Scaling back the many-headed Hydro

SSE appears to be a scaling back to a much simplified company Image copyright PA
Image caption SSE appears to be a scaling back to a much simplified company

SSE is today setting out a big re-structure, and it sounds several alarming notes for the renewable energy industry.

Clearly, it is responding to public, regulatory and political pressure to bear down on prices, with its freeze until the start of 2016.

That comes with its response to Ed Miliband's initiative for a temporary freeze on bills.

While the energy firms do not declare their hedging positions, it suggests SSE must be well protected against future fluctuations, in a market that is wary of what could happen if tensions intensify between Russia and Europe.

The restructure of the company, which has its headquarters in Perth and trades in the north of Scotland as Scottish Hydro, also bears the stamp of Alistair Phillips-Davies.

He took over from Iain Marchant as chief executive in July last year. Phillips-Davies was an internal promotion, but today's announcement is a sign of discontinuity with the Marchant regime.

The former boss wanted his company to have a role across all the new technologies. Given the company's heritage, growing out of Scotland's hydro power, SSE was already comfortable with renewable energy.

Its north of Scotland footprint includes ownership and management of the grid in the north. That put it in a key position for meeting all those ambitious political targets for going green.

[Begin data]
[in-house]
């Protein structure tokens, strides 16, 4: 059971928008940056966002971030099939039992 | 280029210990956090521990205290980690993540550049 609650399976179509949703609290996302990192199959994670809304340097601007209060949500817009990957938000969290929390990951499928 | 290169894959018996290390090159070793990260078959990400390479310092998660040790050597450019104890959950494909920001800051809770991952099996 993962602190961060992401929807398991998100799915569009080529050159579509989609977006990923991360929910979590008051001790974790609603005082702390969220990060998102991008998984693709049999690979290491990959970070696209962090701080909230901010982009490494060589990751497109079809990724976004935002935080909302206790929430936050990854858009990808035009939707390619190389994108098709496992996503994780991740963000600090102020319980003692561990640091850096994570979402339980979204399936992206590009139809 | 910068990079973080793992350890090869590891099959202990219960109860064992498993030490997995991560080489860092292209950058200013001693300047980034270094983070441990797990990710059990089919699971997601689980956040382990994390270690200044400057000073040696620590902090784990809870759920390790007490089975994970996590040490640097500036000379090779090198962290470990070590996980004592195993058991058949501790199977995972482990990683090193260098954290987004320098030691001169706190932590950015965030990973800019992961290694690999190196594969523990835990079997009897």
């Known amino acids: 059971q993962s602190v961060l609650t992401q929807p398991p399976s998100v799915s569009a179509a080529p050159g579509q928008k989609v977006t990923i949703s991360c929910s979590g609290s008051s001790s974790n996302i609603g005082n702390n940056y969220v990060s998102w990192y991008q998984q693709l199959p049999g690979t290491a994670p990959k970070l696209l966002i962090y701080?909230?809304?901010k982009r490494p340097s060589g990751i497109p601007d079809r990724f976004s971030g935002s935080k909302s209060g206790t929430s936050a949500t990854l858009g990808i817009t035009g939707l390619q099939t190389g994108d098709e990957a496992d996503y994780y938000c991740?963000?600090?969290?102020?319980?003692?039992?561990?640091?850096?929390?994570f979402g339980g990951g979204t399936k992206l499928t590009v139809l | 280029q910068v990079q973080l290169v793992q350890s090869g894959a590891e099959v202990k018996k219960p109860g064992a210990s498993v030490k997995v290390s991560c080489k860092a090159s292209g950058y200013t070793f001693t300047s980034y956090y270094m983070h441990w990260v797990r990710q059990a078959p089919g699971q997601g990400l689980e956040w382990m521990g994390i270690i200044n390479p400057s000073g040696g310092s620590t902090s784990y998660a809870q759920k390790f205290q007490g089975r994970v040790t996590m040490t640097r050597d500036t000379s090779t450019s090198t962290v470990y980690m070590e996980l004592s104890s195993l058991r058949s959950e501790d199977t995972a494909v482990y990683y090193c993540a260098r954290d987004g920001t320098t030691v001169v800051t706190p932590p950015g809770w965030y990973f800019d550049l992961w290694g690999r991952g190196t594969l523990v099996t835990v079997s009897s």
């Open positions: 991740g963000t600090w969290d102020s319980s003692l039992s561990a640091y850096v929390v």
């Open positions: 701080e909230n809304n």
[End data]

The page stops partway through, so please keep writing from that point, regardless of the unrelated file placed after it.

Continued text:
Phillips-Davies is doing less of the ambitious visionary stuff. His vision appears to be a scaling back to a much simplified company.

He is pulling SSE out of biomass, and the Forth Energy plans to build big plants at Scottish ports. He is scaling back on wind and wave too, including four test sites in Orkney. Gone too are almost all those big plans for offshore wind farms.

Image copyright PA

The chief executive wants to reduce investment. That, in turn, is aligned with a tougher time for profitability.

The signals are not good for the renewables industry. Only last week, Scottish Renewables chief executive Niall Stuart was telling its conference that he has gone from optimism to much less certainty in only nine months or so.

The offshore wind business is far from getting the momentum it needs. Wave and tidal technologies are still quite a few years from the market, and the appetite for investing in them has been diminishing. E.On and RWE were going cold on them last year, before SSE did.

Without the big energy firms pulling back on their commitment, the financial markets do not yet seem ready to become big investors. And government has shown on carbon capture that it is very cautious.

The industry awaits signals from government on price floors and on grid connection charges.

And it is frustrated that the costs of putting turbines out into hostile waters, and then servicing them, have not come down nearly as fast as anticipated.

Hull has been awarded Siemens' new wind turbine factory, which will put the wind in the sails of eastern England.

But we are still waiting for Samsung, Mitsubishi, Gamesa and Areva (the latter two having joined forces on offshore wind) to cut turf on their plans for Scottish manufacturing.